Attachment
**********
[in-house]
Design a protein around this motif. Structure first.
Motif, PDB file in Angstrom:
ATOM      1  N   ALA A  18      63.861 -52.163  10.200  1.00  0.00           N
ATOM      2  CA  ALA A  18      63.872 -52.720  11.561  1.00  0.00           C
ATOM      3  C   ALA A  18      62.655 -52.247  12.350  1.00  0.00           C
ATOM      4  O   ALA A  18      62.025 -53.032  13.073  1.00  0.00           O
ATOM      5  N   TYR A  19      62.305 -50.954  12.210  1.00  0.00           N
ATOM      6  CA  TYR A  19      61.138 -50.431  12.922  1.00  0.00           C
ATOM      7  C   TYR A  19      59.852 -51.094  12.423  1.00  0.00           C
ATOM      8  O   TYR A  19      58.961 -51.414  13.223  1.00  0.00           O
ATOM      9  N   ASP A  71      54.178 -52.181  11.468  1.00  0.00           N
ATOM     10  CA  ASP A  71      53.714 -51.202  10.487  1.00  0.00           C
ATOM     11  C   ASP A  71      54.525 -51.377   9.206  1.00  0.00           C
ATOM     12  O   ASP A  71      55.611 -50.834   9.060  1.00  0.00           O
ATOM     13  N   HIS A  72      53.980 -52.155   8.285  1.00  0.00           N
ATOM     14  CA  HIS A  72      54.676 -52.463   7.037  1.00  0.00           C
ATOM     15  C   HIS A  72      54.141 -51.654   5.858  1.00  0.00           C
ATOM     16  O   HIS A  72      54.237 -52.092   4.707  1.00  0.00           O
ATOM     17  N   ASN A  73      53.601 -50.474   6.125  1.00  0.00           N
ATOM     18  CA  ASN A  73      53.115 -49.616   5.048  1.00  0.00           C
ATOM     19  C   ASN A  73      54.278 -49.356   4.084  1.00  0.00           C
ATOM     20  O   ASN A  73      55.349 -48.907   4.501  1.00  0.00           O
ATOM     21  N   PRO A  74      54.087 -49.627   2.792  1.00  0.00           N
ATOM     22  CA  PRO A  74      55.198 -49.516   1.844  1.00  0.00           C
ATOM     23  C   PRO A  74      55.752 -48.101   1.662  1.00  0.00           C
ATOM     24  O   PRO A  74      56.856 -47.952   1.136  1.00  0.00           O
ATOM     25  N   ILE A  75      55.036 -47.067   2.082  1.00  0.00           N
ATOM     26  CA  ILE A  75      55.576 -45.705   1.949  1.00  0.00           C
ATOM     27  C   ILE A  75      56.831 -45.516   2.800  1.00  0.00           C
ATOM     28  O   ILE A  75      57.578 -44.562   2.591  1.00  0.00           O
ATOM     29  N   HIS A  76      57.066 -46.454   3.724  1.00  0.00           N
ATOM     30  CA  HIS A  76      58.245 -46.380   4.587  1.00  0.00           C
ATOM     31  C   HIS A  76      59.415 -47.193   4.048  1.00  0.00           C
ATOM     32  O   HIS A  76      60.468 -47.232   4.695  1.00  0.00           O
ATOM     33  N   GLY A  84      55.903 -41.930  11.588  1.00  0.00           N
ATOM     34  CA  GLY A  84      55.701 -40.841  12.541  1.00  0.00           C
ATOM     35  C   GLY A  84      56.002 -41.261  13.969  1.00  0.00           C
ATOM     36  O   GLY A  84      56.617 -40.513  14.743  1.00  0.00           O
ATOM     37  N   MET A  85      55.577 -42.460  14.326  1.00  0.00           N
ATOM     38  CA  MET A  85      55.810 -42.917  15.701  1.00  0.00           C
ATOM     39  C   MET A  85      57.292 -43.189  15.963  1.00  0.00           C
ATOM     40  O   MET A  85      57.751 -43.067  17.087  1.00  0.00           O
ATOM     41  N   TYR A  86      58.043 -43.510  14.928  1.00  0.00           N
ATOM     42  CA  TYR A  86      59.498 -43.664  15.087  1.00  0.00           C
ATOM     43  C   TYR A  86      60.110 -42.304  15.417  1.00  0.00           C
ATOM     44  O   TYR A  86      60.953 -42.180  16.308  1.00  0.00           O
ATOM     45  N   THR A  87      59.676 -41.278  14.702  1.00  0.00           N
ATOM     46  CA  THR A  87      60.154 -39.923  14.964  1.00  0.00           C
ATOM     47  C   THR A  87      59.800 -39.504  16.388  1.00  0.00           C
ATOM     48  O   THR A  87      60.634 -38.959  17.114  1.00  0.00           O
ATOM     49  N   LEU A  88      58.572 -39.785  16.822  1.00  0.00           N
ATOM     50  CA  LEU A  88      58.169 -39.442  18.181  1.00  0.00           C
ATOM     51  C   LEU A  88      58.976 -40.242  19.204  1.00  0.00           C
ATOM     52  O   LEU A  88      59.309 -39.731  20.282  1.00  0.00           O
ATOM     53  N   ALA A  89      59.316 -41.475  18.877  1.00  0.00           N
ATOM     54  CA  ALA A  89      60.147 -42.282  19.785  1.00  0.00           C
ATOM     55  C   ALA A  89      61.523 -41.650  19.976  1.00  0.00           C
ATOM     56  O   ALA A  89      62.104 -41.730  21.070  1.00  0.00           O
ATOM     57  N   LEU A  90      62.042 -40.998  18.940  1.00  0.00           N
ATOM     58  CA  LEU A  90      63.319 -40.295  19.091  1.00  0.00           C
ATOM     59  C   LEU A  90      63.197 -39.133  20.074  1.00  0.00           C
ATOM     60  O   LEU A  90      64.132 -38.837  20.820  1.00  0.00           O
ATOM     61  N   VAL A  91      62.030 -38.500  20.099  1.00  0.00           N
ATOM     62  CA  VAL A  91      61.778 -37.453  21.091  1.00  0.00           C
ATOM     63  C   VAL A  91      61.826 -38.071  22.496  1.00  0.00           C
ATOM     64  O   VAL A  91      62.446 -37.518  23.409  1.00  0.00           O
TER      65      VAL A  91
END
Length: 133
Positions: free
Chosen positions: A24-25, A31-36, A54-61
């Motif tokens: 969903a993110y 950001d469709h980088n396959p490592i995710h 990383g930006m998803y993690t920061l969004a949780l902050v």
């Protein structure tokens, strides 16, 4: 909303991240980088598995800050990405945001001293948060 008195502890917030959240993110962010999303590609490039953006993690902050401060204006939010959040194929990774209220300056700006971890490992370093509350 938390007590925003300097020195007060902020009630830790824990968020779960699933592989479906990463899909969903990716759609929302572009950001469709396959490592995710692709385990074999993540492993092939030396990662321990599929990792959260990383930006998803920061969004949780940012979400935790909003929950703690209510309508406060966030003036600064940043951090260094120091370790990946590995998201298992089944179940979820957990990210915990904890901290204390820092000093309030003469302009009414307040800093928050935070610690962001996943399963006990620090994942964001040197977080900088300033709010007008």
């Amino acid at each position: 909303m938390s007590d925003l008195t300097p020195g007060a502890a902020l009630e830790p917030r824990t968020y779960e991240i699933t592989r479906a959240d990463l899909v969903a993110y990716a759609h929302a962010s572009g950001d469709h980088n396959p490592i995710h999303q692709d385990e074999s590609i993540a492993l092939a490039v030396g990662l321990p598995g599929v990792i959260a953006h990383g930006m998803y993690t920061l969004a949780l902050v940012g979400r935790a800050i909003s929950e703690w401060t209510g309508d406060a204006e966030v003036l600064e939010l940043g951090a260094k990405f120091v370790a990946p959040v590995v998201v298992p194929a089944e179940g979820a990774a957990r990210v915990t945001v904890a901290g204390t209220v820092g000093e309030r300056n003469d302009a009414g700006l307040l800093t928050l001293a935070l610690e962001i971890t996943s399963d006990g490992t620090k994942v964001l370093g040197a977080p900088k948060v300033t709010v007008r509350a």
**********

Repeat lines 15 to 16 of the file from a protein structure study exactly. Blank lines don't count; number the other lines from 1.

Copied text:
ATOM     12  O   ASP A  71      55.611 -50.834   9.060  1.00  0.00           O
ATOM     13  N   HIS A  72      53.980 -52.155   8.285  1.00  0.00           N